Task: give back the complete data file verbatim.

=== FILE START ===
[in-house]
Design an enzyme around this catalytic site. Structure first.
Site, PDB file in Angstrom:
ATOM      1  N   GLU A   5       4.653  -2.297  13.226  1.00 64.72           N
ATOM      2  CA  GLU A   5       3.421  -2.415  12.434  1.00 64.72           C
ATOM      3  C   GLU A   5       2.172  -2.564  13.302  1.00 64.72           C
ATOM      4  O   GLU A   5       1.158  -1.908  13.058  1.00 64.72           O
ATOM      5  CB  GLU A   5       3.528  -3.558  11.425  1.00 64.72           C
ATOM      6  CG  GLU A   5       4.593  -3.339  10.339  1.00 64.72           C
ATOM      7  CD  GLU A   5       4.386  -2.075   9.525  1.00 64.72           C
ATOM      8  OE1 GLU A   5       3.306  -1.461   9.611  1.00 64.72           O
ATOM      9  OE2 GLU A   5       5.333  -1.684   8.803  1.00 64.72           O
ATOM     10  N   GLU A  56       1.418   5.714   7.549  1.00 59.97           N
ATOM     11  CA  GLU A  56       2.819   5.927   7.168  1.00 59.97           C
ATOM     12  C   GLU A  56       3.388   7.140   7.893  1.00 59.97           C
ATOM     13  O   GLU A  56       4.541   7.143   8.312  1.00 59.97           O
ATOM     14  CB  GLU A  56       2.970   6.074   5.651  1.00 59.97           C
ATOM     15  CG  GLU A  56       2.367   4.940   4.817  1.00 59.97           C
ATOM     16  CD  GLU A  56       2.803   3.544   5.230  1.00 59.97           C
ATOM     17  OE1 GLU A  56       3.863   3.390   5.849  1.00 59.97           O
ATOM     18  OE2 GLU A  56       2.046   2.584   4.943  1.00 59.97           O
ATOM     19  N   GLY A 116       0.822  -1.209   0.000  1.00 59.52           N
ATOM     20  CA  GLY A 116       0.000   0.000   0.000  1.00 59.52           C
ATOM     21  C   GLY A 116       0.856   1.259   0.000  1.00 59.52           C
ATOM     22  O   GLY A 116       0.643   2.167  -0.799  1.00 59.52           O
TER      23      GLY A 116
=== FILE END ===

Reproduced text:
[in-house]
Design an enzyme around this catalytic site. Structure first.
Site, PDB file in Angstrom:
ATOM      1  N   GLU A   5       4.653  -2.297  13.226  1.00 64.72           N
ATOM      2  CA  GLU A   5       3.421  -2.415  12.434  1.00 64.72           C
ATOM      3  C   GLU A   5       2.172  -2.564  13.302  1.00 64.72           C
ATOM      4  O   GLU A   5       1.158  -1.908  13.058  1.00 64.72           O
ATOM      5  CB  GLU A   5       3.528  -3.558  11.425  1.00 64.72           C
ATOM      6  CG  GLU A   5       4.593  -3.339  10.339  1.00 64.72           C
ATOM      7  CD  GLU A   5       4.386  -2.075   9.525  1.00 64.72           C
ATOM      8  OE1 GLU A   5       3.306  -1.461   9.611  1.00 64.72           O
ATOM      9  OE2 GLU A   5       5.333  -1.684   8.803  1.00 64.72           O
ATOM     10  N   GLU A  56       1.418   5.714   7.549  1.00 59.97           N
ATOM     11  CA  GLU A  56       2.819   5.927   7.168  1.00 59.97           C
ATOM     12  C   GLU A  56       3.388   7.140   7.893  1.00 59.97           C
ATOM     13  O   GLU A  56       4.541   7.143   8.312  1.00 59.97           O
ATOM     14  CB  GLU A  56       2.970   6.074   5.651  1.00 59.97           C
ATOM     15  CG  GLU A  56       2.367   4.940   4.817  1.00 59.97           C
ATOM     16  CD  GLU A  56       2.803   3.544   5.230  1.00 59.97           C
ATOM     17  OE1 GLU A  56       3.863   3.390   5.849  1.00 59.97           O
ATOM     18  OE2 GLU A  56       2.046   2.584   4.943  1.00 59.97           O
ATOM     19  N   GLY A 116       0.822  -1.209   0.000  1.00 59.52           N
ATOM     20  CA  GLY A 116       0.000   0.000   0.000  1.00 59.52           C
ATOM     21  C   GLY A 116       0.856   1.259   0.000  1.00 59.52           C
ATOM     22  O   GLY A 116       0.643   2.167  -0.799  1.00 59.52           O
TER      23      GLY A 116